Anderson Cooper breaks down while defending the dignity of Haiti: 'A dignity many in this White House could learn from'
Anderson Cooper on Haiti (Photo: Screen capture)

In a commentary about the remarks President Donald Trump made about the people of Haiti, Anderson Cooper spoke about those he encountered while covering the earthquake in Haiti in 2010.

Cooper talked about the way people slap your hand when they shake it. "They look you in the eye," Cooper said. He talked about the heart and soul of a people determined to overcome the worst moments of their lives.

People dug through rubble "with their bare and bloody hands to save complete strangers, guided only by the cries of the wounded and the dying," Cooper said.

"I was there when a young girl named Bee was trapped in rubble for nearly a day was rescued by people who had no heavy equipment. They just had their God-given strength and determination and their courage," Cooper continued.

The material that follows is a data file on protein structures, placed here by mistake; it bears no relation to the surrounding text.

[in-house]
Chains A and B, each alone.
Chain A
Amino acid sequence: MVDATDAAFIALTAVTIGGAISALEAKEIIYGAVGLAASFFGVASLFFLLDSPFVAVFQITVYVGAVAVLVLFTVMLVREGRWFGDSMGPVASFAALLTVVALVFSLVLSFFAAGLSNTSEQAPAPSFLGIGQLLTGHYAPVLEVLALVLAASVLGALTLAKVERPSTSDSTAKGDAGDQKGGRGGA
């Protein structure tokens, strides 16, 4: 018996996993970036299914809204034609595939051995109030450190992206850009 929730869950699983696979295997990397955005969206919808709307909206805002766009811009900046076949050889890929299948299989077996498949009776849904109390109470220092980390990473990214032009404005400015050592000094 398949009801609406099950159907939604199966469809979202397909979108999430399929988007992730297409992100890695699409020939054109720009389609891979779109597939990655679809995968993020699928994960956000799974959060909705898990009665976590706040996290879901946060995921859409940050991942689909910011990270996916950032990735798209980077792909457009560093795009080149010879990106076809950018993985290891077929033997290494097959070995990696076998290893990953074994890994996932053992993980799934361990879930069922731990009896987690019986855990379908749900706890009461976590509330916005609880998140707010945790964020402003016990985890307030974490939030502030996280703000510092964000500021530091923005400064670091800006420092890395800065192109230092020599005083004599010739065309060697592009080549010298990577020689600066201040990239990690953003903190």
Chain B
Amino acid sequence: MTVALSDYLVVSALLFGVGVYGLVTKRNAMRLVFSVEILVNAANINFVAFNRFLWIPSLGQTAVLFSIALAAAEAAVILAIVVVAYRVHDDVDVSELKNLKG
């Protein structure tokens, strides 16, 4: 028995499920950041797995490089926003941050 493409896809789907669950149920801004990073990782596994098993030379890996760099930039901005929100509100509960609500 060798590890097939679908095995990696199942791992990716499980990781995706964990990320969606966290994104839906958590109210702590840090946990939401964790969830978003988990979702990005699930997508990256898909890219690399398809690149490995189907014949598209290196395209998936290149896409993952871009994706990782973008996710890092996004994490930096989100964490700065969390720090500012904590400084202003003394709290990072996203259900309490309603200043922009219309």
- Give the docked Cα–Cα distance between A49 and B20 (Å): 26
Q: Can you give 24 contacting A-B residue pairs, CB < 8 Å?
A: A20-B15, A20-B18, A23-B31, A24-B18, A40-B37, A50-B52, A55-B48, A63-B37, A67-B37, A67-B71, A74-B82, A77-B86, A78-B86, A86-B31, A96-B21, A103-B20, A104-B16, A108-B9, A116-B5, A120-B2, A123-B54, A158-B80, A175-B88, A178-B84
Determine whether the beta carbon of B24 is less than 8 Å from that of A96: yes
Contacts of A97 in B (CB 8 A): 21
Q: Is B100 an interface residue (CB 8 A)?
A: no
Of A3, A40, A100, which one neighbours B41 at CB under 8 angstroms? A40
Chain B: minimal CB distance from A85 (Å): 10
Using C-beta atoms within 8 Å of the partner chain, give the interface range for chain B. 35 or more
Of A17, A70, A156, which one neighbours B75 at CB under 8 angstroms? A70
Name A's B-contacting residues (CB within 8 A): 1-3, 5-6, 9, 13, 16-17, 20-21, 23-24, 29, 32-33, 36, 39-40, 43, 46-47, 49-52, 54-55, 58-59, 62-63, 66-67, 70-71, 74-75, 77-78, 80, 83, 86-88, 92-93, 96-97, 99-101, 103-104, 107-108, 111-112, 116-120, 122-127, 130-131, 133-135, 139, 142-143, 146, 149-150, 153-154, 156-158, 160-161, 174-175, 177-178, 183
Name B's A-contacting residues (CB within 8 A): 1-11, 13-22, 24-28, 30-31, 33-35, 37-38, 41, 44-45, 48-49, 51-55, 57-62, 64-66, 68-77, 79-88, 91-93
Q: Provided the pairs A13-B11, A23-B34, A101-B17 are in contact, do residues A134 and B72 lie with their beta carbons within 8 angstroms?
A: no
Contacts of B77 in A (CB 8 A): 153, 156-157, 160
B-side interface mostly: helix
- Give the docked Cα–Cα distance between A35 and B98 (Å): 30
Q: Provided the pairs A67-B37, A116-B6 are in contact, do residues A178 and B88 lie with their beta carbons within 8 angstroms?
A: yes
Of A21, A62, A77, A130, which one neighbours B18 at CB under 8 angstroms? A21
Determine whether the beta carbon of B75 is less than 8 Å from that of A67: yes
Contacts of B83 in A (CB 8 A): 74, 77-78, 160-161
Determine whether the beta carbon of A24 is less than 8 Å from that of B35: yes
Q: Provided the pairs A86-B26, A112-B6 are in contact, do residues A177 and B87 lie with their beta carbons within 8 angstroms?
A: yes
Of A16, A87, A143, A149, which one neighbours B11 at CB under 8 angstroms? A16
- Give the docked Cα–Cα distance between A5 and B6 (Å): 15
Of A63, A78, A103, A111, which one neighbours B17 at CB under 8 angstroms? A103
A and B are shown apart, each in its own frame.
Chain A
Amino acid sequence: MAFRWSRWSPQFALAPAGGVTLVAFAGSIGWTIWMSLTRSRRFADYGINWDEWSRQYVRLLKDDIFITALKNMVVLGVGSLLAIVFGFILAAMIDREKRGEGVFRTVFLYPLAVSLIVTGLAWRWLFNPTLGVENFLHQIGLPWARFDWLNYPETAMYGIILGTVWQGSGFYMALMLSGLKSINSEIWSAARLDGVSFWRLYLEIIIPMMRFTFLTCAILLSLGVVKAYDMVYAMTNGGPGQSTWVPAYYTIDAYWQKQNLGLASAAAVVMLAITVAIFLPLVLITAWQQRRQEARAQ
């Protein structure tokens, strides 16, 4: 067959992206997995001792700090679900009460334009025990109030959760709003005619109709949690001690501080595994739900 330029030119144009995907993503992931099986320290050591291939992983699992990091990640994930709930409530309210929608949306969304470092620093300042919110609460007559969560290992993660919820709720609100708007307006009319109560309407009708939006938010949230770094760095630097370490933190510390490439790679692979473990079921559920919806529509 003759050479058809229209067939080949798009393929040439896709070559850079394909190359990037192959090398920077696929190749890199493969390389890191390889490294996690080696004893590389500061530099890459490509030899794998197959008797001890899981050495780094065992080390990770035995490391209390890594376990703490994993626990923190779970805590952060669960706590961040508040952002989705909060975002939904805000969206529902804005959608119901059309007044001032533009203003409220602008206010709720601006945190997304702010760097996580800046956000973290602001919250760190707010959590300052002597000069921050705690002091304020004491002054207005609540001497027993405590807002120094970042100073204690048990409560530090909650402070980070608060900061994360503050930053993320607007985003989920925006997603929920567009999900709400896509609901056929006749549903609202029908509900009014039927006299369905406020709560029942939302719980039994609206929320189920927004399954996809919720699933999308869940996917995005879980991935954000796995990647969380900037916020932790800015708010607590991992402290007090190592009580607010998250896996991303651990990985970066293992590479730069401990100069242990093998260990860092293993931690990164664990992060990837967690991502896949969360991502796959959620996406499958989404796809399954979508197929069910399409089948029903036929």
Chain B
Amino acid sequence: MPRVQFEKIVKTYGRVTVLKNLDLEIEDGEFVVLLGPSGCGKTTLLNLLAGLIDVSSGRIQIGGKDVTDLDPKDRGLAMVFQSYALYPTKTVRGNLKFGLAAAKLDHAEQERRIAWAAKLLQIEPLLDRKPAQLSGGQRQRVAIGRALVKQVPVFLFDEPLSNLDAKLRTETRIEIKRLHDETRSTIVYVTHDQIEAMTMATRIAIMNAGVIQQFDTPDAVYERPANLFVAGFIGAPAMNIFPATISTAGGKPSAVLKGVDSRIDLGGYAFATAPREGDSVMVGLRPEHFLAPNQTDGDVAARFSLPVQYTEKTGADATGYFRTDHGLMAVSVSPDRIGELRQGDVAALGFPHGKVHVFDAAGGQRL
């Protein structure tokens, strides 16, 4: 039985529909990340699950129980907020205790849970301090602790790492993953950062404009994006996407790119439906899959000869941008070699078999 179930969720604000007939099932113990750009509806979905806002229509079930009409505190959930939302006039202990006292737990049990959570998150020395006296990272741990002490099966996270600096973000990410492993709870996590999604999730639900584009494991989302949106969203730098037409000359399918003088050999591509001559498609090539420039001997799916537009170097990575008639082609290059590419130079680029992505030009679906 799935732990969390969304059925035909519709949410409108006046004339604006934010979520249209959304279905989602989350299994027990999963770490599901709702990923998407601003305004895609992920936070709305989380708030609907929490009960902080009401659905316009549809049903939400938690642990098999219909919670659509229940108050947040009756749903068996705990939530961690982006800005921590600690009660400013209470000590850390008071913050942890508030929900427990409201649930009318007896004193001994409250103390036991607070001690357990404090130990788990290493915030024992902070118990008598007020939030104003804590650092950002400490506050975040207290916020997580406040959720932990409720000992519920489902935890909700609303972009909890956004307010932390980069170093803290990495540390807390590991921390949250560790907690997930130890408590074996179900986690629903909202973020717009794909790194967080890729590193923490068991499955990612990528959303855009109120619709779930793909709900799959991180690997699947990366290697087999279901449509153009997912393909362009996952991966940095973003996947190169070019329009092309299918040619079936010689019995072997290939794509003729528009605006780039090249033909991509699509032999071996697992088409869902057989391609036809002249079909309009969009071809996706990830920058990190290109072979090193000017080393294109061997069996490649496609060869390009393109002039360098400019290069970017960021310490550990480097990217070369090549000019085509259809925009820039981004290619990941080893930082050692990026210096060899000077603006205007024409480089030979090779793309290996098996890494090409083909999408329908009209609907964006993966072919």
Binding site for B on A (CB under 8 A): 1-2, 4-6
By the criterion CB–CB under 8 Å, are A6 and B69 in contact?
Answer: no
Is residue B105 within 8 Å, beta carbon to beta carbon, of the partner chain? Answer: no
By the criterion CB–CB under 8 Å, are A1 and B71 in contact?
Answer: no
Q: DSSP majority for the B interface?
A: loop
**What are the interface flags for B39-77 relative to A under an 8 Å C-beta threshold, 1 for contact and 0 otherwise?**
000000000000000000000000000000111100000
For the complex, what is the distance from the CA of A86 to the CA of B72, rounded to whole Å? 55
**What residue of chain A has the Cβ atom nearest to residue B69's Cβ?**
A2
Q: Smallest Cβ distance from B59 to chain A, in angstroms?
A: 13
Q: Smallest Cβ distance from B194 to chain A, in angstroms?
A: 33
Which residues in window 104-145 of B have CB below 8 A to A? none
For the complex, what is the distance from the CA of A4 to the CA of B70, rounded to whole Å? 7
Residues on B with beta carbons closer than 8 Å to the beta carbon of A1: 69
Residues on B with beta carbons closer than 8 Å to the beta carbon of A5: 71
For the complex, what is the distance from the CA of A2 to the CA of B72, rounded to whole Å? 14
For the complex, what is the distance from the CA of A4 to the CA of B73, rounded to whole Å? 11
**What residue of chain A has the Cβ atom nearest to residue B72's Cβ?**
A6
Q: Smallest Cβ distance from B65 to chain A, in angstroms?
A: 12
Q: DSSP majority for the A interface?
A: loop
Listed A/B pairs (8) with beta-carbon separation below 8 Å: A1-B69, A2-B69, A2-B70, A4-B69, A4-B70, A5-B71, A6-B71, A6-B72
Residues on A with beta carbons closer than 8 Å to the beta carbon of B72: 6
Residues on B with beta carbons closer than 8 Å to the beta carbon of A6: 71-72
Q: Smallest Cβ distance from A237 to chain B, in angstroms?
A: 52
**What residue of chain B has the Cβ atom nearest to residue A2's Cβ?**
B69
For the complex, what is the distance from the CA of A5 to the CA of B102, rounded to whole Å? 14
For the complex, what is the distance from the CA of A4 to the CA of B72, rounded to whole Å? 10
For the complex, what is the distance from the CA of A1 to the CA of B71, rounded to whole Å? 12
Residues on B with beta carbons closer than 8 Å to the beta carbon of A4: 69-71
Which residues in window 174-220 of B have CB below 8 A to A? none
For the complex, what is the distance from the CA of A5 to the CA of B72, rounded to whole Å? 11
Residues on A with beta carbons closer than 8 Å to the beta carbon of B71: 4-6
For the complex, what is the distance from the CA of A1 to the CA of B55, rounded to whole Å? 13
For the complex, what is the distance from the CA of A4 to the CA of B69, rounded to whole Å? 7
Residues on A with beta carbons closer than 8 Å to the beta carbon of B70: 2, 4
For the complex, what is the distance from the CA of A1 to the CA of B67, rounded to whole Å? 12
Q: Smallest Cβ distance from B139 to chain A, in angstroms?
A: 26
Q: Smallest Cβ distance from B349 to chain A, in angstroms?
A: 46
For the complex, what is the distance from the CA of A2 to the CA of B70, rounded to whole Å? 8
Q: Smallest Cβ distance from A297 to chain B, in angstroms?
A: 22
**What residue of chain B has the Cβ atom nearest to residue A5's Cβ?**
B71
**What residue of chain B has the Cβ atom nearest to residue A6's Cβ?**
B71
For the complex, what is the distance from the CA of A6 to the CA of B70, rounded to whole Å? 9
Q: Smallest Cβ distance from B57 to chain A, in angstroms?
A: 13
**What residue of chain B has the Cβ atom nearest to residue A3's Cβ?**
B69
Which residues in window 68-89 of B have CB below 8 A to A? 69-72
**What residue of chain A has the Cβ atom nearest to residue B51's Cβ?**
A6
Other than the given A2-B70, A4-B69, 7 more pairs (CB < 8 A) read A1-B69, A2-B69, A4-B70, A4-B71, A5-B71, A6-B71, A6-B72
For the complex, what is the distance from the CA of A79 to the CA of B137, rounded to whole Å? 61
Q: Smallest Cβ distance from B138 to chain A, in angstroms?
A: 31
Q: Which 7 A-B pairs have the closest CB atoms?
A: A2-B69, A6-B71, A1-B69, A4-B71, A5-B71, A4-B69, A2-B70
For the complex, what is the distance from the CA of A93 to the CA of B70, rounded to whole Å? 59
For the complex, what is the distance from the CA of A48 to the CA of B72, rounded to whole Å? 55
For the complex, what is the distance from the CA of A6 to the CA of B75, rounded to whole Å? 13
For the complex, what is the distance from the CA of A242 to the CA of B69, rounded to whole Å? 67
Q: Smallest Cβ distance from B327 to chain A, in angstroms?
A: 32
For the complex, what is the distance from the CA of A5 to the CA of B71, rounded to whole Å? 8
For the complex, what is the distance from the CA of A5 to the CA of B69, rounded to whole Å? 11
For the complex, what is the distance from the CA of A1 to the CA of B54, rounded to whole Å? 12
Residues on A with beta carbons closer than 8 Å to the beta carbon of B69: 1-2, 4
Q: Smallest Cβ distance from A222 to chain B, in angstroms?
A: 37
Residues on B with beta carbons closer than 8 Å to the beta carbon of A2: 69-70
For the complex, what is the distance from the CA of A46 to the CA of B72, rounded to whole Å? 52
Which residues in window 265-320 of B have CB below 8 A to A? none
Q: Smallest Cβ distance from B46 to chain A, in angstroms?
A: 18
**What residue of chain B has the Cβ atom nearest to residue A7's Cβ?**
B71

"I was there when --" Cooper paused, his voice cracking. "When a 5 year-old boy named Mowgli was rescued after being buried for more than seven days. Do you know what kind of strength it takes to survive on rain water, buried under concrete? A 5 year-old boy, for seven days."

"They stand tall and they have a dignity," he closed. "It's a dignity many in this White House could learn from. It's a dignity the president with all his money and all his power could learn from as well. On the anniversary of the earthquake, when this president has said what he's said about Haitians, we hope the people in Haiti who are listening tonight, in Port-au-Prince and Jacmel in Miami and elsewhere we hope they know our thoughts are with them."

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